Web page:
How do you bring together solutions for groundwater pollution caused by pit latrines and, at the same time, produce compost and irrigation water for growing food? The 'From Waste to Taste' project by SEMiLLA Sanitation and SkillEd does just that. Together with Cordaid Uganda providing local technical assistance, this circular refugee camp project has recently received funding from NWP's Water for Food Programme.
The NWP Water for Food Programme launched its Call for Proposals in September 2021. One of the projects submitted was a circular concept - also referred to as a Closed Loop Concept or CLC - in which wastewater from pit latrines in a refugee camp in Uganda is processed into valuable products like biogas, compost and irrigation water. These products in turn are used to grow food, including fruit trees and vegetables.
The reviewers found that this concept had great scalability potential if the CLC concept was validated and found economically feasible too. At the same time, the project shows strong multi-tier benefits (biogas; reduced groundwater pollution; water reuse for irrigation of crops, fruit trees, vegetables), as well as beneficiaries and clear funding strategy.
Based on the reviewers' report, SEMiLLA Sanitation and SkillEd, together with local partner Cordaid Uganda, were one of 3 consortia who received financial support for their project.
From Waste to Taste: Pit latrines cause groundwater pollution with nitrogen, which makes it extremely difficult to turn it back into drinking water.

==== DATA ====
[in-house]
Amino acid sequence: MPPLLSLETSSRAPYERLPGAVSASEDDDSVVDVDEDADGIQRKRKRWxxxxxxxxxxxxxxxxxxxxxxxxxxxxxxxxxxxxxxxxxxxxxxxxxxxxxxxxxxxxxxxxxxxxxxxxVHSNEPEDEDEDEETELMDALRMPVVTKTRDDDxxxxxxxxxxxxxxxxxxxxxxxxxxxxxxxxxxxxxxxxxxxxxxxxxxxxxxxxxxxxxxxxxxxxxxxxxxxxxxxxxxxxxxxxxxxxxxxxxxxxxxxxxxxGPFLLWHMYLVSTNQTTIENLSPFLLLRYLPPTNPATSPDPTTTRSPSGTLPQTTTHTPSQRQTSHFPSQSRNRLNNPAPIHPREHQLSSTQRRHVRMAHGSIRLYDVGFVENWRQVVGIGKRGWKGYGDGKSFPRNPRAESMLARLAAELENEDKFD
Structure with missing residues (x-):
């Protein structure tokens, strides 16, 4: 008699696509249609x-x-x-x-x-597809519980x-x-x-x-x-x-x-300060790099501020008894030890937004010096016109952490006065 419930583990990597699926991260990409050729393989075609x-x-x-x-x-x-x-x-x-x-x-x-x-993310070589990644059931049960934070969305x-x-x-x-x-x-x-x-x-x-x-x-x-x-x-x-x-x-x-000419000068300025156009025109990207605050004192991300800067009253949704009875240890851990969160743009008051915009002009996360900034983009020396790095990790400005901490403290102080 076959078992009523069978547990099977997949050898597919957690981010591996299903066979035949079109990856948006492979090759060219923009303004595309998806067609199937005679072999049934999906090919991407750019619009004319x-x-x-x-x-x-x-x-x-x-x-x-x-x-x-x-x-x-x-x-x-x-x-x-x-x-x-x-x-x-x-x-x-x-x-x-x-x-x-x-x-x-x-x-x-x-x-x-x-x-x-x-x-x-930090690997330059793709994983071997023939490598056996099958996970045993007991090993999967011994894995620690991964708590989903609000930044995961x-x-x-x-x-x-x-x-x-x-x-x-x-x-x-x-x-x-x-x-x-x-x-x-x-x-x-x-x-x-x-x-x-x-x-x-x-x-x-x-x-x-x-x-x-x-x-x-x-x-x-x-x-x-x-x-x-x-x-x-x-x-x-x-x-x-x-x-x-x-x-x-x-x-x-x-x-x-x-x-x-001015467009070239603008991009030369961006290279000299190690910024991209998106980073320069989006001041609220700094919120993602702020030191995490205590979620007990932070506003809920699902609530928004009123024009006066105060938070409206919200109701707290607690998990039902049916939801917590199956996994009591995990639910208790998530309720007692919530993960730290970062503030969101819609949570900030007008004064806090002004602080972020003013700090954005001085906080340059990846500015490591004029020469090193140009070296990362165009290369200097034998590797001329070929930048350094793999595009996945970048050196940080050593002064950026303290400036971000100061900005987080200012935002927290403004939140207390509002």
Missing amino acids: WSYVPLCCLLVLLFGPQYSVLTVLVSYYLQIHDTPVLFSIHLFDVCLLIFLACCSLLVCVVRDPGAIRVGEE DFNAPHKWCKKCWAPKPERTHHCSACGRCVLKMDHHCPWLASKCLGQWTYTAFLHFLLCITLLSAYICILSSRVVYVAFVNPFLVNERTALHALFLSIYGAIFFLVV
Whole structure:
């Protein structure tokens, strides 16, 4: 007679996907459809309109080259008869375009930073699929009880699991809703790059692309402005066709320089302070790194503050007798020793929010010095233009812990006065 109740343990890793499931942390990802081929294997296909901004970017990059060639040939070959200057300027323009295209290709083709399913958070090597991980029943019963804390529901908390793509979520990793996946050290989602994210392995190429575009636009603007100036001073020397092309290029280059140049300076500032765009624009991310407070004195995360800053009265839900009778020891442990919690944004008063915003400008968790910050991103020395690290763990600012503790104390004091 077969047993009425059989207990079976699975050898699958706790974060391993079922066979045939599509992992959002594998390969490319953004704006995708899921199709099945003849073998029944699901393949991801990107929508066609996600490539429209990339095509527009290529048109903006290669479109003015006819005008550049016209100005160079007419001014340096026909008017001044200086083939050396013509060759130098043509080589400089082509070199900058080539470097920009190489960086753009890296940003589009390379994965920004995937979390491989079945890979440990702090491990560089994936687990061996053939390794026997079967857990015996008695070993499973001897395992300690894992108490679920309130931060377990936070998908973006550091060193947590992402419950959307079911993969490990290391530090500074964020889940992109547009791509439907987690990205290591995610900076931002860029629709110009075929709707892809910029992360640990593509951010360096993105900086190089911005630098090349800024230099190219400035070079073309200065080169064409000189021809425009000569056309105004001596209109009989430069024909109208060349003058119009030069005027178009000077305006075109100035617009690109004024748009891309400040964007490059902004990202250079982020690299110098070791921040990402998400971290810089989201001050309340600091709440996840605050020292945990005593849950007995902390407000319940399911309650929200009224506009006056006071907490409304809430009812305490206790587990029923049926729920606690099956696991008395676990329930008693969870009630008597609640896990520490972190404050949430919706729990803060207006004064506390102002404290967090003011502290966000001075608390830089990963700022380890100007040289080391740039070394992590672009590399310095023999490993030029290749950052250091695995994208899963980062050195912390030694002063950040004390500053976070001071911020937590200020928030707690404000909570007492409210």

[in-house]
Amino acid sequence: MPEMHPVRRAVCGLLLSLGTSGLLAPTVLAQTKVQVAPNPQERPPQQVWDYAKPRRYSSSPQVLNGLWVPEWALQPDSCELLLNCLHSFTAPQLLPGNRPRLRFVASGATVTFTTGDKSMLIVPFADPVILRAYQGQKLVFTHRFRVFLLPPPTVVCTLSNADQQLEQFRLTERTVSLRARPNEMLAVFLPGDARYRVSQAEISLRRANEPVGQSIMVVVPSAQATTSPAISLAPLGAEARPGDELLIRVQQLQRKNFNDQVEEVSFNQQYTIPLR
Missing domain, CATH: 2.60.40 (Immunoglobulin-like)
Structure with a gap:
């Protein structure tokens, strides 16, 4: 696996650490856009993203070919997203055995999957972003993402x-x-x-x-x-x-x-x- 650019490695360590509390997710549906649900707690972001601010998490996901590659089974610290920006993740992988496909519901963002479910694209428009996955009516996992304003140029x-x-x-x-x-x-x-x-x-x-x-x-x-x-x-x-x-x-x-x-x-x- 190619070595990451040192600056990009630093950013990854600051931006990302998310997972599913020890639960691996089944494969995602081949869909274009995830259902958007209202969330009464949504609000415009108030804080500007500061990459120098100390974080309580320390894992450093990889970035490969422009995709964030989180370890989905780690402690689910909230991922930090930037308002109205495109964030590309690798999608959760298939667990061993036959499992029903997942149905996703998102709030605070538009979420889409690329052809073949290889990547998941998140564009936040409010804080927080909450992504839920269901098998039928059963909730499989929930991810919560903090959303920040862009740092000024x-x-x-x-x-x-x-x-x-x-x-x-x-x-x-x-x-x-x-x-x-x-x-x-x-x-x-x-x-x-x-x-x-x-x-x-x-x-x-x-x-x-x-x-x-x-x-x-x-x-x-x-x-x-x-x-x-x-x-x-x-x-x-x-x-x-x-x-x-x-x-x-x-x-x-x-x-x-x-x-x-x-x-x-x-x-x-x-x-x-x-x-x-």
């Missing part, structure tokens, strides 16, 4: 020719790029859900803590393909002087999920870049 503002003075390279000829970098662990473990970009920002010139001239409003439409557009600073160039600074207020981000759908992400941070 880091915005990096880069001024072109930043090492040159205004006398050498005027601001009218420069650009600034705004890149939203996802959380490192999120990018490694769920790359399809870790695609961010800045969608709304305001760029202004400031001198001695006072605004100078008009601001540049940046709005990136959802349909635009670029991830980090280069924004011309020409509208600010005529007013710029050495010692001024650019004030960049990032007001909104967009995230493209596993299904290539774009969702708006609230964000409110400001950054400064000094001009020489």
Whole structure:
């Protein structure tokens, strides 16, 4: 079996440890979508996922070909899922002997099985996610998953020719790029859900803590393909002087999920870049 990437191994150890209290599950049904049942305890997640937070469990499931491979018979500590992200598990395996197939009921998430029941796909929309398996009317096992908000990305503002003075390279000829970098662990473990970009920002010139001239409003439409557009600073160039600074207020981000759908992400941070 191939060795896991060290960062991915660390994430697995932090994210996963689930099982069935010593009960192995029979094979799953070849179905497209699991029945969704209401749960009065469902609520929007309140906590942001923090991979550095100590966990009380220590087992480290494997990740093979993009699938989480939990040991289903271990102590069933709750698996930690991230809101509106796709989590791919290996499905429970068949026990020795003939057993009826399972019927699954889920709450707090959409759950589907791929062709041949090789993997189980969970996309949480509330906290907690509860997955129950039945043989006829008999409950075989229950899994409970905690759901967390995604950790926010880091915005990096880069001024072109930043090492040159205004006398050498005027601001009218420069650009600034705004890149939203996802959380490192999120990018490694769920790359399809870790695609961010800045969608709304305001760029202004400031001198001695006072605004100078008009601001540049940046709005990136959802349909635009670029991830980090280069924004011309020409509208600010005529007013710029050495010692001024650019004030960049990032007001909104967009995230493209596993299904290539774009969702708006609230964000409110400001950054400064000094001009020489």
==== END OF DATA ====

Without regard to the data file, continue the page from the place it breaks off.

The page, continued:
The Closed Loop Concept treats faecal sludge collected from pit latrines and produces compost and irrigation water for food crops, resolving this burning issue.
Consortium SEMiLLA Sanitation, SkillEd & Cordaid Uganda
The project From Waste to Taste answered NWP's call for high-potential, sustainable and bankable business cases in the water-agrifood nexus that contribute to improving food security. The project aims to provide a complete self-sustaining model, delivering affordable renewable energy while creating employment opportunities, which helps in securing food availability and minimising water scarcity.
According to the consortium, the funding will allow them to turn their competitive business case into practice. The financial support will be used to prove the business case for compost and irrigation water used for fruit tree nurseries, and for fruit and vegetable farmers respectively.
Ultimately, the aim is to make communities more resilient by making water available for more productive uses (including high-value crops) to improve food security.
The partners will work together to set up and build evidence around the value chains, set up training programmes for farmers and prove the economic feasibility - the validation that farmers will pay for compost and fruit trees. The urgency of the issue is evident.
Due to the relative low cost and ease of building pit latrines, once full, new ones are often built leading to more groundwater pollution with nitrate leaking into the soil and reaching groundwater. There is also great pressure on land given the enormous population growth, making it increasingly difficult to find available land for new latrines.
Once validated, there is significant scale-up potential to other locations in Uganda - and beyond.
The Water for Food Programme is an initiative of the Netherlands Water Partnership, supported by the Dutch Ministry of Agriculture, Nature and Food Quality.